Places for People

By Sean Hua

Hot on the heels of my previous article about experiencing the city on foot, eminent staff from the City of Melbourne have been engaged with the media over their Places For People report. Robert Doyle (Lord Mayor) and Rob Adams (Director of City Design) both speak about designing cities such that they are accessible and attractive environments for people to get around on foot. Built into this equation is the necessity for cities to provide the requisite services and amenities within a walking distance.
Balancing these factors effectively prioritises pedestrians over cars. As I mentioned before, we must design for the speed at which we want to move through a space. Fast, car-paced movement is a poor environment for pedestrians. Likewise, slow, walking-paced movement is not conducive to driving. Try speeding on Bourke Street Mall, or having a leisurely stroll down the middle of the Hume Highway. It just doesn’t mix.

There will be opposition. While those backing the independence an automobile provides might be worried at such a change, the last 3 decades of interventions – blocking off streets to cars, increasing the active frontages at street level, improving paving conditions etc. – within the City of Melbourne have clearly increased the vibrancy of the CBD.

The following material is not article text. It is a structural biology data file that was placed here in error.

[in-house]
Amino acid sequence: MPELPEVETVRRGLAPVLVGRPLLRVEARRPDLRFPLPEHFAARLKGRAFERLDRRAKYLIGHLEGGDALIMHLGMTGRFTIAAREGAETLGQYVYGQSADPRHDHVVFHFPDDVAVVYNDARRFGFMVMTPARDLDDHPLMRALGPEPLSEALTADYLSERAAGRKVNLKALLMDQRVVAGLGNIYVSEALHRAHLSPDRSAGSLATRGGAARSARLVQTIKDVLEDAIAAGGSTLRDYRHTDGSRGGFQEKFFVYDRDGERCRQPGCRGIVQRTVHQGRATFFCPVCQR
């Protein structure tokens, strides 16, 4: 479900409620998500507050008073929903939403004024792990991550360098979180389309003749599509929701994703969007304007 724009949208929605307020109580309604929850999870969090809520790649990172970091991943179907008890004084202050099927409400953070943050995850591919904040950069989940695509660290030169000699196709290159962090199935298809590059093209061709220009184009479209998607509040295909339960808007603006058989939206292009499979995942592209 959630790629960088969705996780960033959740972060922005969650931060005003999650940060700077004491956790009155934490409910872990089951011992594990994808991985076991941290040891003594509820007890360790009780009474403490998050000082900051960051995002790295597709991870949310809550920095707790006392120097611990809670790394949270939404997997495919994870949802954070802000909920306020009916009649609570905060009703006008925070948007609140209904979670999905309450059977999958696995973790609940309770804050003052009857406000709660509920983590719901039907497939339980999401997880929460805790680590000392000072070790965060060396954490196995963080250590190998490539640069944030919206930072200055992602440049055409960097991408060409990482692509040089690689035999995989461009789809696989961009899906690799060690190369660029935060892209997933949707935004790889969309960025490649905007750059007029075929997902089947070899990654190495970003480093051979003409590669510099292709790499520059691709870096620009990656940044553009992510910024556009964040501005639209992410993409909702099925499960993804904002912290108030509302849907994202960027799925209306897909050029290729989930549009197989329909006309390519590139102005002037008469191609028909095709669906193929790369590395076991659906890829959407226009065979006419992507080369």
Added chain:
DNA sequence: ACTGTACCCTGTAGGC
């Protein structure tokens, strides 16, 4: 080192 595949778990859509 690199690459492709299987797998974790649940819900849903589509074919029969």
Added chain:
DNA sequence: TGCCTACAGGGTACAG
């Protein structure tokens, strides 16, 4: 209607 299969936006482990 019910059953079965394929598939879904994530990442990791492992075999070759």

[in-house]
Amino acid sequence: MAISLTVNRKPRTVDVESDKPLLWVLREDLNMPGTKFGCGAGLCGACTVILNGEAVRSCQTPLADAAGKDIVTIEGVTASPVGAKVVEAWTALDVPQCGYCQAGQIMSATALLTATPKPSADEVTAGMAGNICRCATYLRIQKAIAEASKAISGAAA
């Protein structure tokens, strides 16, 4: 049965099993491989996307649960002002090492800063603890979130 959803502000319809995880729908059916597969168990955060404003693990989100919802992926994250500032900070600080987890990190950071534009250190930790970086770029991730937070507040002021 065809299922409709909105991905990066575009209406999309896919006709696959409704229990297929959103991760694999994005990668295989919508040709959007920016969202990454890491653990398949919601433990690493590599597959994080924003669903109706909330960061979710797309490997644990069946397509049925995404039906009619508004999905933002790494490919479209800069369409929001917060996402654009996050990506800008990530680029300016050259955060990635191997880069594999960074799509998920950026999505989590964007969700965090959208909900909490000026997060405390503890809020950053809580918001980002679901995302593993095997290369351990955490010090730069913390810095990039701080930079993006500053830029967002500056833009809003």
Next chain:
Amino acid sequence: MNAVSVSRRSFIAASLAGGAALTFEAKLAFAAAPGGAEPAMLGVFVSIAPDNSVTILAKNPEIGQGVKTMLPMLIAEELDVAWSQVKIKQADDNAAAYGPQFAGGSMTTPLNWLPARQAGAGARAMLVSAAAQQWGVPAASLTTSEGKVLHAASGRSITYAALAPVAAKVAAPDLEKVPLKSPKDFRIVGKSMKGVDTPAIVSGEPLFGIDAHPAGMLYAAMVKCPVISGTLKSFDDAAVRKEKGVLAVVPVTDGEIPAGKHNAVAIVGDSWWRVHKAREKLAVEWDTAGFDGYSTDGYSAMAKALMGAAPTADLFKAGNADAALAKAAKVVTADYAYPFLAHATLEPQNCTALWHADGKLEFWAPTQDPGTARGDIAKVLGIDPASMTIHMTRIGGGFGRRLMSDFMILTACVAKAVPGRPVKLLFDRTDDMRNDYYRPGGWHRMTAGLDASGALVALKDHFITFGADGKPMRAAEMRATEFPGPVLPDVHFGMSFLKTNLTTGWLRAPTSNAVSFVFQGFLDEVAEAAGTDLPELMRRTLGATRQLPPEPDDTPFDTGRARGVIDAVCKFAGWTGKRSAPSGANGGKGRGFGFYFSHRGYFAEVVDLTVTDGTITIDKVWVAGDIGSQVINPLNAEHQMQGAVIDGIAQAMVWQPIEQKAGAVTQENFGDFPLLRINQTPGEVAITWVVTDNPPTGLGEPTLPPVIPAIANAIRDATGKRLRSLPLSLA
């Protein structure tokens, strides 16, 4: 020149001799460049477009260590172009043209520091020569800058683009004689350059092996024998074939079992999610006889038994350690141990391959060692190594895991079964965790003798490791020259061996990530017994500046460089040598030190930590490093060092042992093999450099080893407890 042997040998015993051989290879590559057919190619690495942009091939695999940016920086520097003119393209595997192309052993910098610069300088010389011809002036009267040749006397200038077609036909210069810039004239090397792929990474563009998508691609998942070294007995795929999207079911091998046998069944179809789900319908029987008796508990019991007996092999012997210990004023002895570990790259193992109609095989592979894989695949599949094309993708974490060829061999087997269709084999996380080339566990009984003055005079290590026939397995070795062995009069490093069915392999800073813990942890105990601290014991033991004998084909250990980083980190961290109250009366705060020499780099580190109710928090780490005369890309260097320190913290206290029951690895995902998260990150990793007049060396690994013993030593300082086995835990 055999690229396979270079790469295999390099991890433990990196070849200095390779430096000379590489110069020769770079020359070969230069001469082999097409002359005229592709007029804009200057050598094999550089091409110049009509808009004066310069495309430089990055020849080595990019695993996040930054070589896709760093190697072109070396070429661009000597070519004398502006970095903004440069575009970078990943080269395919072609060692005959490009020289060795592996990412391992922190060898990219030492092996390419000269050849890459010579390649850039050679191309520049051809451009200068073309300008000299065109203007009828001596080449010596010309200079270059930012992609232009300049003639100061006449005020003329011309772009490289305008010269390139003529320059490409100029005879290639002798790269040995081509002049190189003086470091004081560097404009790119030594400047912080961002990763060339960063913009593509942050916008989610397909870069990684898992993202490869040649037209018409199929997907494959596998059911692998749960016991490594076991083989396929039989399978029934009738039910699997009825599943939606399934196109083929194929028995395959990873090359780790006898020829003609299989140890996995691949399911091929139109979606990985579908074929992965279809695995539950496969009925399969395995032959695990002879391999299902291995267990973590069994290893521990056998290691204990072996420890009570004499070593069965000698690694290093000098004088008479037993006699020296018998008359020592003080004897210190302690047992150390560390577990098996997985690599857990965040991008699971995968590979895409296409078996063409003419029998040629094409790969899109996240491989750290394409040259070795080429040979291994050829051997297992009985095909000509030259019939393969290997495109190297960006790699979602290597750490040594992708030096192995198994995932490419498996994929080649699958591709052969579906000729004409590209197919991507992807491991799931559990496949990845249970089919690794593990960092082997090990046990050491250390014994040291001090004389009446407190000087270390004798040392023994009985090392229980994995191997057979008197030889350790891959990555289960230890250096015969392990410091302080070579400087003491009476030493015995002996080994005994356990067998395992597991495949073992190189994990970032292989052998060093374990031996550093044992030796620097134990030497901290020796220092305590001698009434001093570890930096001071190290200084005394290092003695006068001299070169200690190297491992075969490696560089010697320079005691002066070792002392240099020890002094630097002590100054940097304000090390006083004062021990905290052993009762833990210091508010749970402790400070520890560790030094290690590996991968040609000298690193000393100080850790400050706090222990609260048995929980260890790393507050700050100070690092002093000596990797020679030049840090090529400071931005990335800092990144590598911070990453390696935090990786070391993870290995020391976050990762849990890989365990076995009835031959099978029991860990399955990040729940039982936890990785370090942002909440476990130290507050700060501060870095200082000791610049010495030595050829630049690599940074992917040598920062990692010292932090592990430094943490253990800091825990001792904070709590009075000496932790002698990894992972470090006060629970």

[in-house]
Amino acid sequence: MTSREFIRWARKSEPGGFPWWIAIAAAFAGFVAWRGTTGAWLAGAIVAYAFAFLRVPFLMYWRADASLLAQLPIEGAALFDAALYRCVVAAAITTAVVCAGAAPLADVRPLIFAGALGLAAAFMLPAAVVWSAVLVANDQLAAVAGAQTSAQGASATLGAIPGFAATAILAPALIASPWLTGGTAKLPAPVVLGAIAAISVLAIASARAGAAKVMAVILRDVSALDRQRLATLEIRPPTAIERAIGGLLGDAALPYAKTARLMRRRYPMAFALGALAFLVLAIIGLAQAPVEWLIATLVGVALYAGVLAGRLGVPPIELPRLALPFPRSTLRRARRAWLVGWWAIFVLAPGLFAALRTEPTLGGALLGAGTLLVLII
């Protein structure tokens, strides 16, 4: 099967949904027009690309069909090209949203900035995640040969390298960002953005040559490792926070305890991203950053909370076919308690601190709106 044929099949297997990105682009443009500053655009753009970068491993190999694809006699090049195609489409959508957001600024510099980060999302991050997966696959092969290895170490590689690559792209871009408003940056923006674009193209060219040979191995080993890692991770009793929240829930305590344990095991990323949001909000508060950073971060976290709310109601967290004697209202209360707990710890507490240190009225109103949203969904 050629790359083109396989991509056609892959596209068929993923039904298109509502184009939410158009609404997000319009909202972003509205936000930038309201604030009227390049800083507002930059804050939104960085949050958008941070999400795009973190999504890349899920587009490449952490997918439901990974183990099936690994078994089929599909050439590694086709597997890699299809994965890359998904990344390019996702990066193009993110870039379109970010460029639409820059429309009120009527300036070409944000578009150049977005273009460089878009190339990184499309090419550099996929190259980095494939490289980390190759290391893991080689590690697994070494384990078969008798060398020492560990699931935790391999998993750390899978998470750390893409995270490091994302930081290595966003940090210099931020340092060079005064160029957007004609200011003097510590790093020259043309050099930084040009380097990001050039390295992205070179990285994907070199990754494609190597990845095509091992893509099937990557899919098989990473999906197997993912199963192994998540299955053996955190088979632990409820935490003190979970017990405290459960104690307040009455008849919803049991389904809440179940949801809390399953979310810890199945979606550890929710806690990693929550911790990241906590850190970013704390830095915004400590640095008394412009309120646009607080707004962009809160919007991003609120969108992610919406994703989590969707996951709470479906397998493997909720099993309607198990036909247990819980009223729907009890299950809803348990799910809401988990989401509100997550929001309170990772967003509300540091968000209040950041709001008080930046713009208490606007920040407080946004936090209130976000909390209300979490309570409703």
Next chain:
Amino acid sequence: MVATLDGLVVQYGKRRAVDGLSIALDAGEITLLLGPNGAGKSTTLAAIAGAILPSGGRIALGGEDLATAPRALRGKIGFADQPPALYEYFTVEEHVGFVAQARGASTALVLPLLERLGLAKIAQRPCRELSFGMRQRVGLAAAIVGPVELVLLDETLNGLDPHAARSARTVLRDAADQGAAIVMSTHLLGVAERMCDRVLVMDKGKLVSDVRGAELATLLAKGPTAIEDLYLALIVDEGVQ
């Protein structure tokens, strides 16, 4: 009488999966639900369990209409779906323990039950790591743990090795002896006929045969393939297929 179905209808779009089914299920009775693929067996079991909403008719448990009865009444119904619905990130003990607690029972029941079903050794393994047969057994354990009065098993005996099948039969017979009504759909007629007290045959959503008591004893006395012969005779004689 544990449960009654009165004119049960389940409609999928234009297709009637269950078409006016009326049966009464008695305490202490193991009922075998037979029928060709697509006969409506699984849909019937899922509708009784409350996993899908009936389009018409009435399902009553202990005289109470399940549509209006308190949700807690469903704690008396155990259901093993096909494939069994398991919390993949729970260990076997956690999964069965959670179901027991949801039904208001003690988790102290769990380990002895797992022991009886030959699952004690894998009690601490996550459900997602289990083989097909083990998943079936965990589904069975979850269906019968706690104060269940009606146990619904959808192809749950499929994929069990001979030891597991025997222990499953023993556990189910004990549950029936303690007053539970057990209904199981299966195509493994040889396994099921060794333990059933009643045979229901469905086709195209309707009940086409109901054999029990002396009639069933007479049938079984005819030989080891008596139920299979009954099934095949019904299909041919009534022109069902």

Melbourne isn’t the only city to have experienced this change. Fly to the opposite end of the world to New York, and you will find a city who themselves have experienced a dramatic positive change to crime levels and street activity in the last 30-40 years. The Highline, one of the city’s more well-known rejuvenation projects, is off limits to cars. Now, there is even talk of turning the iconic and fabled Broadway into a linear park. Who gets to use it? You guessed it: cars don’t.

I’ve mentioned this before, but it’s always worth repeating… we’ve got the knowledge and the capability here to do some great things with our cities, for our people. So why follow when we can lead?


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